The Tennessee Department of Human Services (DHS) has been a participant in TNCPE’s Baldrige Criteria-based evaluation process. The core values and concepts—including the systems perspective—of the Baldrige Criteria have assisted our department in formalizing processes and practices that were already in place and required some improvements. Commissioner Barnes introduced a “One DHS” department culture goal upon her appointment, and by matching the systems perspective of Baldrige with this goal, DHS can manage all the components of the department as a unified whole to achieve our mission, vision, and values.  

As a Baldrige judge, what are your hopes for this year’s judging process? For instance, is there anything you’d like to help applicants and potential Baldrige Award applicants understand about the process?

Whether you are a new or an experienced participant in the Baldrige process, I encourage all applicants to take advantage of the numerous resources and offerings from the Baldrige Performance Excellence Program to advance your organization’s learning. By doing so, applicants will remain up-to-date on the Baldrige Criteria (revised every two years) and know better how to improve the key work systems and key work processes within their organizations.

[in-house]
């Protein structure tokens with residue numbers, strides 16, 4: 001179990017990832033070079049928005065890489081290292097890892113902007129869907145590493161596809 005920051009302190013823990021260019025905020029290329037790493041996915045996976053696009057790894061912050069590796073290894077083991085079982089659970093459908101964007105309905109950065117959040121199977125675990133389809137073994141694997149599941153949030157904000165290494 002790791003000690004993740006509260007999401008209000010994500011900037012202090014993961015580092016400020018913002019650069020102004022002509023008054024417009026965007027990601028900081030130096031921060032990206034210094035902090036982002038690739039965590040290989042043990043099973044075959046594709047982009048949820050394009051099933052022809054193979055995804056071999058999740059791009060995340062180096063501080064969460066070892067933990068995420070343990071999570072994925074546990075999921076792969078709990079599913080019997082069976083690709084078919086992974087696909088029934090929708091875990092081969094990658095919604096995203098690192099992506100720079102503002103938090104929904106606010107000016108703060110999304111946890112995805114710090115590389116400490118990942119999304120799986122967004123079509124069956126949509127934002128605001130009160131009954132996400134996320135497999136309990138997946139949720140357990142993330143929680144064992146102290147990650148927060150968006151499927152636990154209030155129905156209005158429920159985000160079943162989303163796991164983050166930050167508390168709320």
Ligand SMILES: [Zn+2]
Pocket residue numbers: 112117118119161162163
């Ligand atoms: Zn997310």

What encouragement/advice would you give Baldrige examiner for their work in evaluating organizations as part of the Baldrige Award process?

The work of the Baldrige examiner is vitally important in the award process. The information provided to the Judges Panel by the examiners enables us to ensure a fair evaluation of the applicant against the scoring criteria and ensure that quality feedback is provided to the applicant. Although this year’s site visits are being held virtually due to COVID-19, examiners are still serving as the eyes and ears for the judges through their document reviews and virtual interactions with the applicant organizations.